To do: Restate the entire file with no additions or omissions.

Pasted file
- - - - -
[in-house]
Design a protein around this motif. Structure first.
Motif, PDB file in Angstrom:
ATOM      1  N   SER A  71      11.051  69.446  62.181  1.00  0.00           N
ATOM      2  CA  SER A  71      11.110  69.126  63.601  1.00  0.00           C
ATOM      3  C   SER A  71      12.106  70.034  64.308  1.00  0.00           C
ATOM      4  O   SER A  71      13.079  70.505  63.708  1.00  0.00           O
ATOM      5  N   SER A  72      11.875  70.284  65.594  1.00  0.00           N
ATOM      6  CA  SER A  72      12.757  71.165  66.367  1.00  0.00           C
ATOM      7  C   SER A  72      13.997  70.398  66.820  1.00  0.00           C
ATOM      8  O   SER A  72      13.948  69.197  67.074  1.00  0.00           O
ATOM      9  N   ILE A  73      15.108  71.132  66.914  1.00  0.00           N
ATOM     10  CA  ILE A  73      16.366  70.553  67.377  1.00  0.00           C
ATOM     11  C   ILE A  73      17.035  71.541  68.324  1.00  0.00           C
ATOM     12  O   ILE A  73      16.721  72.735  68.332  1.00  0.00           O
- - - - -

[in-house]
Design a protein around this motif. Structure first.
Motif, PDB file in Angstrom:
ATOM      1  N   SER A  71      11.051  69.446  62.181  1.00  0.00           N
ATOM      2  CA  SER A  71      11.110  69.126  63.601  1.00  0.00           C
ATOM      3  C   SER A  71      12.106  70.034  64.308  1.00  0.00           C
ATOM      4  O   SER A  71      13.079  70.505  63.708  1.00  0.00           O
ATOM      5  N   SER A  72      11.875  70.284  65.594  1.00  0.00           N
ATOM      6  CA  SER A  72      12.757  71.165  66.367  1.00  0.00           C
ATOM      7  C   SER A  72      13.997  70.398  66.820  1.00  0.00           C
ATOM      8  O   SER A  72      13.948  69.197  67.074  1.00  0.00           O
ATOM      9  N   ILE A  73      15.108  71.132  66.914  1.00  0.00           N
ATOM     10  CA  ILE A  73      16.366  70.553  67.377  1.00  0.00           C
ATOM     11  C   ILE A  73      17.035  71.541  68.324  1.00  0.00           C
ATOM     12  O   ILE A  73      16.721  72.735  68.332  1.00  0.00           O